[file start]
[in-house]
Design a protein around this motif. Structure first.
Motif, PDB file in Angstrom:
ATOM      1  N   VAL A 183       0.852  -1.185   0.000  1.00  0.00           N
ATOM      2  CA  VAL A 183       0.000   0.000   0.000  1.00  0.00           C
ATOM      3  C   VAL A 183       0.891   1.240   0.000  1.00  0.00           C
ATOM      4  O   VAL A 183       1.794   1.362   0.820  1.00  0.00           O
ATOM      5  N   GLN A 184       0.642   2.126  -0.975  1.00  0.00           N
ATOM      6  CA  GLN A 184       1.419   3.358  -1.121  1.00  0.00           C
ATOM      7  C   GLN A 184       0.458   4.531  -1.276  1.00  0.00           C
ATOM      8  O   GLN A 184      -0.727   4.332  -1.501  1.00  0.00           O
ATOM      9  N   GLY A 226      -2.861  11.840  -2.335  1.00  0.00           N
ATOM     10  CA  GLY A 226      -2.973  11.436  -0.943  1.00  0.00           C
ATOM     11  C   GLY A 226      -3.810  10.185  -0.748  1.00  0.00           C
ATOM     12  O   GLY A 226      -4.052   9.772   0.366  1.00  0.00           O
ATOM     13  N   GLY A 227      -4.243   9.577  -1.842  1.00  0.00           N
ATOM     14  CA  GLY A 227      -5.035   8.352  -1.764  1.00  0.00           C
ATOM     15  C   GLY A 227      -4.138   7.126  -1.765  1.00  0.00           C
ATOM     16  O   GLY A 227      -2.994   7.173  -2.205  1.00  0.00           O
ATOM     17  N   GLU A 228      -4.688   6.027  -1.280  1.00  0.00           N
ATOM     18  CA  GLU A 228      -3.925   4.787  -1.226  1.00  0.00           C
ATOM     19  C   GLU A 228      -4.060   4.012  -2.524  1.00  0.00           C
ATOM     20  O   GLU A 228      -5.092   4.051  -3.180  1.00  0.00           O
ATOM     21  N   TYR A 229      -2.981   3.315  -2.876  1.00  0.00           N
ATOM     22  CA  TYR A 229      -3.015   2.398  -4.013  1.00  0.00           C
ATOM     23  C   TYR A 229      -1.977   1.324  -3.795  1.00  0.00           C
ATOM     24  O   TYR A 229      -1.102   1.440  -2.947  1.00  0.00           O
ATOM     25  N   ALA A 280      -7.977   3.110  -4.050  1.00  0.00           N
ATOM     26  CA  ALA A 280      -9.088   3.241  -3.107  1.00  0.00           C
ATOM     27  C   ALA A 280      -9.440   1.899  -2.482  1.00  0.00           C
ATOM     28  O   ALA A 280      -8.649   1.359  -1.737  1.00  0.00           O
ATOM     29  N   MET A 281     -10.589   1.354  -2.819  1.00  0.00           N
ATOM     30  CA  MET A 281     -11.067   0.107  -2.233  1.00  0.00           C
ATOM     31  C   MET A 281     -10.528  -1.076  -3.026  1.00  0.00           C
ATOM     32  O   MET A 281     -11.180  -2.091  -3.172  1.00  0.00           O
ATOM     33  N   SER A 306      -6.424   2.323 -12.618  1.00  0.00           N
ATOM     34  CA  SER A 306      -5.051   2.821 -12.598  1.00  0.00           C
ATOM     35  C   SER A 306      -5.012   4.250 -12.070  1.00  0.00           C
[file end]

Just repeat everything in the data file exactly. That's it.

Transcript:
[in-house]
Design a protein around this motif. Structure first.
Motif, PDB file in Angstrom:
ATOM      1  N   VAL A 183       0.852  -1.185   0.000  1.00  0.00           N
ATOM      2  CA  VAL A 183       0.000   0.000   0.000  1.00  0.00           C
ATOM      3  C   VAL A 183       0.891   1.240   0.000  1.00  0.00           C
ATOM      4  O   VAL A 183       1.794   1.362   0.820  1.00  0.00           O
ATOM      5  N   GLN A 184       0.642   2.126  -0.975  1.00  0.00           N
ATOM      6  CA  GLN A 184       1.419   3.358  -1.121  1.00  0.00           C
ATOM      7  C   GLN A 184       0.458   4.531  -1.276  1.00  0.00           C
ATOM      8  O   GLN A 184      -0.727   4.332  -1.501  1.00  0.00           O
ATOM      9  N   GLY A 226      -2.861  11.840  -2.335  1.00  0.00           N
ATOM     10  CA  GLY A 226      -2.973  11.436  -0.943  1.00  0.00           C
ATOM     11  C   GLY A 226      -3.810  10.185  -0.748  1.00  0.00           C
ATOM     12  O   GLY A 226      -4.052   9.772   0.366  1.00  0.00           O
ATOM     13  N   GLY A 227      -4.243   9.577  -1.842  1.00  0.00           N
ATOM     14  CA  GLY A 227      -5.035   8.352  -1.764  1.00  0.00           C
ATOM     15  C   GLY A 227      -4.138   7.126  -1.765  1.00  0.00           C
ATOM     16  O   GLY A 227      -2.994   7.173  -2.205  1.00  0.00           O
ATOM     17  N   GLU A 228      -4.688   6.027  -1.280  1.00  0.00           N
ATOM     18  CA  GLU A 228      -3.925   4.787  -1.226  1.00  0.00           C
ATOM     19  C   GLU A 228      -4.060   4.012  -2.524  1.00  0.00           C
ATOM     20  O   GLU A 228      -5.092   4.051  -3.180  1.00  0.00           O
ATOM     21  N   TYR A 229      -2.981   3.315  -2.876  1.00  0.00           N
ATOM     22  CA  TYR A 229      -3.015   2.398  -4.013  1.00  0.00           C
ATOM     23  C   TYR A 229      -1.977   1.324  -3.795  1.00  0.00           C
ATOM     24  O   TYR A 229      -1.102   1.440  -2.947  1.00  0.00           O
ATOM     25  N   ALA A 280      -7.977   3.110  -4.050  1.00  0.00           N
ATOM     26  CA  ALA A 280      -9.088   3.241  -3.107  1.00  0.00           C
ATOM     27  C   ALA A 280      -9.440   1.899  -2.482  1.00  0.00           C
ATOM     28  O   ALA A 280      -8.649   1.359  -1.737  1.00  0.00           O
ATOM     29  N   MET A 281     -10.589   1.354  -2.819  1.00  0.00           N
ATOM     30  CA  MET A 281     -11.067   0.107  -2.233  1.00  0.00           C
ATOM     31  C   MET A 281     -10.528  -1.076  -3.026  1.00  0.00           C
ATOM     32  O   MET A 281     -11.180  -2.091  -3.172  1.00  0.00           O
ATOM     33  N   SER A 306      -6.424   2.323 -12.618  1.00  0.00           N
ATOM     34  CA  SER A 306      -5.051   2.821 -12.598  1.00  0.00           C
ATOM     35  C   SER A 306      -5.012   4.250 -12.070  1.00  0.00           C